Keep your bike tuned for the trails with Salt Lake’s Bicycle Collective
Aug 07, 2019 04:46PM
● By Jenniffer Wardell
Joe and Jeff Zia work on a trail bike Joe recently purchased from the Bicycle Collective. (Jenniffer Wardell/City Journals)
By Jenniffer Wardell | [email protected]
You can’t conquer a mountain trail if your bike isn’t in good shape.
For those wanting an inexpensive way to keep their mountain bike in optimum condition, the Bicycle Collective is here to help. With locations in Salt Lake, Ogden, Provo and St. George, the Collective offers open benches, tools and expert help for anyone looking to maintain and repair all kinds of bicycles. They also offer classes for both kids and adults.
“We have pretty much everything required to fix most bikes, even old ones,” said Amy Nguyen Wiscombe, the volunteer and program coordinator for the Collective.
Just inside the front door of the Salt Lake location is the bike repair room, with rows of tools and equipment and racks to hang bikes while they’re being worked on. Rows of rims hang overhead, and a stack of tires rests along one wall. A separate room has even more tires and tubes.
“We only have six benches, and they’re usually full from beginning to end,” Wiscombe said. “There are also usually three people on the wait list.”
If you’re on the wait list, it’s best not to go anywhere.
“You have to hang out,” she added. “You don’t know when a bench is going to be done.”
The benches are mostly open during what the shop refers to as DIY (Do It Yourself) hours. During that time, volunteers and paid experts are also on hand to help answer the questions of anyone working on their bikes.
“The nice thing about repair here is that you’re repairing your bike, but they have guides here who are pros,” said Joe Zia, who was working on the trail bike he’d recently purchased from the Collective. “If you’re in over your head, they can guide you.”
Zia’s son, Jeff, was there learning how to take care of the bike he would be using frequently.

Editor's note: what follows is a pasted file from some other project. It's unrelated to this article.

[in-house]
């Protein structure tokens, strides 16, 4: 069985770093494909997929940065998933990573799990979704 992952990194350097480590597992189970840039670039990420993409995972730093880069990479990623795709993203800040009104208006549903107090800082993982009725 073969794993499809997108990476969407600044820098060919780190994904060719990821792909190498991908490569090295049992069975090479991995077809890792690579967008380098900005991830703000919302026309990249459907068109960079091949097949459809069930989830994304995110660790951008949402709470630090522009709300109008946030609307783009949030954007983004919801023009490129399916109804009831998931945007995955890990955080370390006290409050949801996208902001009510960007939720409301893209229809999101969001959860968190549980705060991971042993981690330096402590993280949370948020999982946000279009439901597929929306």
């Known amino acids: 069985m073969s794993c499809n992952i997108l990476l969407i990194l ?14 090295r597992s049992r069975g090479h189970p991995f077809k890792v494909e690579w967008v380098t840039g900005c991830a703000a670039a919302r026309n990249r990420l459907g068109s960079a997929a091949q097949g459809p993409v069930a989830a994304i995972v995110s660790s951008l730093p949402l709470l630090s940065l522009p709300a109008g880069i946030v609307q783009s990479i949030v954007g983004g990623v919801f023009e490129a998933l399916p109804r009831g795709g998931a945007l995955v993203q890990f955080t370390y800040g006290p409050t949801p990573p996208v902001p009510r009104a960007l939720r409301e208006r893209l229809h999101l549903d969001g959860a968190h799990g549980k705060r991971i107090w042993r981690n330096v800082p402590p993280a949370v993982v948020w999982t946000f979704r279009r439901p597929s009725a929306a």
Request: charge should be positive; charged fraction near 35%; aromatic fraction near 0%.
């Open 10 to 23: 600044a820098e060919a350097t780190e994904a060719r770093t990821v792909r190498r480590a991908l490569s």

“I’m actually a great bike rider, and my dad is, too,” Jeff said. “We go on trails three times a day.”
When questioned if they really did that much riding, Zia smiled. “We go quite a bit.”
The only two things the Collective won’t do is bleed hydraulic brakes and repair mountain bike forks (the part that holds the front wheel).
“(Our experts) might not have that type of knowledge,” Wiscombe said. “It’s pretty specialized.”
The Collective also has a Youth Open Shop, where children and teens get exclusive use of the benches. They also have a weekly WTF night (Women, Trans and Femme), designed exclusively for those female, transgender, genderqueer, transmasculine, transfeminine or femme. The nights, which are part of a national movement, are meant to give those individuals a safe space to work on bikes.
“Cycling is typically pretty dominated by men, and a bike shop can typically be a pretty intimidating space,” Wiscombe said. “We try to be really welcoming and inclusive.”
DIY time, Youth Open Shop, and WTF night are all $5 an hour for bench time. The complete schedule for all three sessions are available at the Collective’s web site, www.bicyclecollective.org
“It’s a lot cheaper than getting it serviced at the bike shop, and you know the work that’s getting done on your bike,” Zia said.
Lucas Ruiz was also in the shop, working on his mountain bike.
“I do at least 40 miles a day on my bike, so I have extra wear,” he said.
Even if you don’t ride that far every day, you still have plenty of reason to tune up your bike.
“All bikes require regular maintenance of some kind,” Wiscombe said. “Right before you ride, you should always check your air, brakes and chain. Once a month, you should give your bike a detailed cleaning, lube your chain and check to see if things are worn out.”
The Collective’s next round of mountain bike classes for kids should be announced next April, with word going out on their social media accounts. Other classes will cover everything from flat repair to suspension systems to derailleurs.
Just like the people who use the benches, the students come from all walks of life.
“They range from college kids all the way to retired folks,” Wiscombe said. “All different socioeconomic levels.”
It’s that variety, and the opportunity to help them, that help keep the Collective going.
“There’s incredible diversity in Salt Lake,” she said. “We get to meet these people and experience their stories.”